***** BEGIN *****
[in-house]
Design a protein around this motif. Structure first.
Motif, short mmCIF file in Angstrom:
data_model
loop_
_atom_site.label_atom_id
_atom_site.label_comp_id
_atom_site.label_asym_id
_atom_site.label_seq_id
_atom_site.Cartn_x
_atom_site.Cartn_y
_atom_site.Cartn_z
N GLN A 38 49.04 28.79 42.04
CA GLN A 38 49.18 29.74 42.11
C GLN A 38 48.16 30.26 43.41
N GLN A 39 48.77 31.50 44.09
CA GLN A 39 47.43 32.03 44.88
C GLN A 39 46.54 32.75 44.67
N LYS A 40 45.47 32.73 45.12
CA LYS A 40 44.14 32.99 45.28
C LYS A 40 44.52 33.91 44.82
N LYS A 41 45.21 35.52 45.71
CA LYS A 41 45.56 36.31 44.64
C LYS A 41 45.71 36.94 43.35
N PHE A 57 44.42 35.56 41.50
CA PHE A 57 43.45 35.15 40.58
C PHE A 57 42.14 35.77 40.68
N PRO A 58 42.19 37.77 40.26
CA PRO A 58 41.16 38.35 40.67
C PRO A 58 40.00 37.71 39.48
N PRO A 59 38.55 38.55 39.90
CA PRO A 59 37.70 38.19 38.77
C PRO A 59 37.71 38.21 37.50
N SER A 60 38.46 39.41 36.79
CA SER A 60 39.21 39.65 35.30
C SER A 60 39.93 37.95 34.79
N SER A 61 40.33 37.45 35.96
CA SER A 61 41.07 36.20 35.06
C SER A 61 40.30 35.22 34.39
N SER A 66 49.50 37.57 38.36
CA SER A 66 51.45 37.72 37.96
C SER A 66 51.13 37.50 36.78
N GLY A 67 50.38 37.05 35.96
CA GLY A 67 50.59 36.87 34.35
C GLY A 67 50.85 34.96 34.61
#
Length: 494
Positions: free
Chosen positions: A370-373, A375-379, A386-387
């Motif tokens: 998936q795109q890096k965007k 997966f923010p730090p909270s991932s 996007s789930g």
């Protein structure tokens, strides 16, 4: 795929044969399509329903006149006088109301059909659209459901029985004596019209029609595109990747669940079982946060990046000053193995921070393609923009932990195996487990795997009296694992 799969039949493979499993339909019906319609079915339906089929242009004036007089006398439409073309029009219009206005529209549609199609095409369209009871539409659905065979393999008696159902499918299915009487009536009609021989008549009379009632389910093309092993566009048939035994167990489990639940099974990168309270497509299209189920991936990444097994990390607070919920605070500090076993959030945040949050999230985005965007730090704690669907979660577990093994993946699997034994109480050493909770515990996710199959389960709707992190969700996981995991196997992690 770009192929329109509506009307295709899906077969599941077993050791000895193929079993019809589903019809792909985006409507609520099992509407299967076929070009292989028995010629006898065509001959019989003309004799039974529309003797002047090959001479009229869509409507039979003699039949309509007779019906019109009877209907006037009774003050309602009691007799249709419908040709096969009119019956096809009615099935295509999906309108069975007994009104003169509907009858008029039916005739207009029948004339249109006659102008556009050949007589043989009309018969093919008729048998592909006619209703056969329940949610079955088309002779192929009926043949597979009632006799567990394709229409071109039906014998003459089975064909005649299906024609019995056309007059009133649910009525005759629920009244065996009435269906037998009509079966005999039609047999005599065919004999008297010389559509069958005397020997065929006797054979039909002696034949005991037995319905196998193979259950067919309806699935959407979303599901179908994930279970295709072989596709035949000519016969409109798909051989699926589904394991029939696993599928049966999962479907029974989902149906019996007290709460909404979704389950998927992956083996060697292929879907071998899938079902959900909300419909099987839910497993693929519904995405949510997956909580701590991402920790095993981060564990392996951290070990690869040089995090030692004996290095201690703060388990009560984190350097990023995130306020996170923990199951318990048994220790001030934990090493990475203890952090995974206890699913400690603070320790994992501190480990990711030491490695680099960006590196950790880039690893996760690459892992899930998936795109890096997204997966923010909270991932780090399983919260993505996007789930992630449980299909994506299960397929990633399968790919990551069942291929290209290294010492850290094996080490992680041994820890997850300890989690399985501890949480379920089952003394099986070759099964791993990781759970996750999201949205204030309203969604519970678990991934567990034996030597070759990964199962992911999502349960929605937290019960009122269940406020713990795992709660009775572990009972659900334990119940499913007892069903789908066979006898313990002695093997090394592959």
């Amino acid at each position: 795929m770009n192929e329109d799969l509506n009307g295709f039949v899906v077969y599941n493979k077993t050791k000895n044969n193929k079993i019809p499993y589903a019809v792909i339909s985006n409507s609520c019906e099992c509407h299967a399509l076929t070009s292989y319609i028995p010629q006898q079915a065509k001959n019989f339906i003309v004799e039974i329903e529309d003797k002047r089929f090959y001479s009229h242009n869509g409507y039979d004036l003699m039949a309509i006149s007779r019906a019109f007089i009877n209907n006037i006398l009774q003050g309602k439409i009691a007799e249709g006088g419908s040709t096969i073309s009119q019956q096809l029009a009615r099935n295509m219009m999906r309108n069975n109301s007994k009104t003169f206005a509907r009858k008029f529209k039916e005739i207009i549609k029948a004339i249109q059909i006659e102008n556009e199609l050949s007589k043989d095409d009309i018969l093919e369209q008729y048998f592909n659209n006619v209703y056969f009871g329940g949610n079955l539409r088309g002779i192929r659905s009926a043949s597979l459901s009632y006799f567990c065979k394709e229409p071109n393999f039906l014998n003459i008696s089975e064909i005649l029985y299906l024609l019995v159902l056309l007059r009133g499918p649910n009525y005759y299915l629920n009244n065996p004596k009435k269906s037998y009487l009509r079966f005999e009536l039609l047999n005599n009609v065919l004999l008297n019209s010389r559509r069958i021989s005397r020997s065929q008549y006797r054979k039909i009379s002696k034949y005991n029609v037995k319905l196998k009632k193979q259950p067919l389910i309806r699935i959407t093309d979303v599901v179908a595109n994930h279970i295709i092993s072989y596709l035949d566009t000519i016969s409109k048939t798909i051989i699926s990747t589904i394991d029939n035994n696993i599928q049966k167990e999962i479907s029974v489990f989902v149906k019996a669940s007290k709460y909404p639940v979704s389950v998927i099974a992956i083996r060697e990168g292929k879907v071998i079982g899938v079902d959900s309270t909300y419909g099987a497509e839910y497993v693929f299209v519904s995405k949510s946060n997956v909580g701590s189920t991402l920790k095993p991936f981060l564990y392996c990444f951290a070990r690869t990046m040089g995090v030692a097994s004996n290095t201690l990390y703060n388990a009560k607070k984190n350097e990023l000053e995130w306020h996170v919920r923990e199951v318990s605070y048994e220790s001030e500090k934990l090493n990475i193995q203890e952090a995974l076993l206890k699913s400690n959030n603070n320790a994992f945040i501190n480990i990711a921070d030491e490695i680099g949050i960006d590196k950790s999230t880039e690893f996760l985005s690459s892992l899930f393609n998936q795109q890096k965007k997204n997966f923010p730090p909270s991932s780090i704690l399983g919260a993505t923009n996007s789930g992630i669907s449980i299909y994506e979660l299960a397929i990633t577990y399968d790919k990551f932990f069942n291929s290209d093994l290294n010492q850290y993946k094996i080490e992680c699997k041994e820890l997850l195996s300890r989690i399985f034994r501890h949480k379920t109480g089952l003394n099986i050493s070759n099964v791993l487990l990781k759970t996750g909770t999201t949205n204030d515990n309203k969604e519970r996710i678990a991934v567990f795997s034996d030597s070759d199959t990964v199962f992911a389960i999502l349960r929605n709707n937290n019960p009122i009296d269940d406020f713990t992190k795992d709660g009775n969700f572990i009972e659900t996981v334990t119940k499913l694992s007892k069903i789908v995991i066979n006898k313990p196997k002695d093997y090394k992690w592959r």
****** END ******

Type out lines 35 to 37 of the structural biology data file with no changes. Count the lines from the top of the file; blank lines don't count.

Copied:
CA SER A 60 39.21 39.65 35.30
C SER A 60 39.93 37.95 34.79
N SER A 61 40.33 37.45 35.96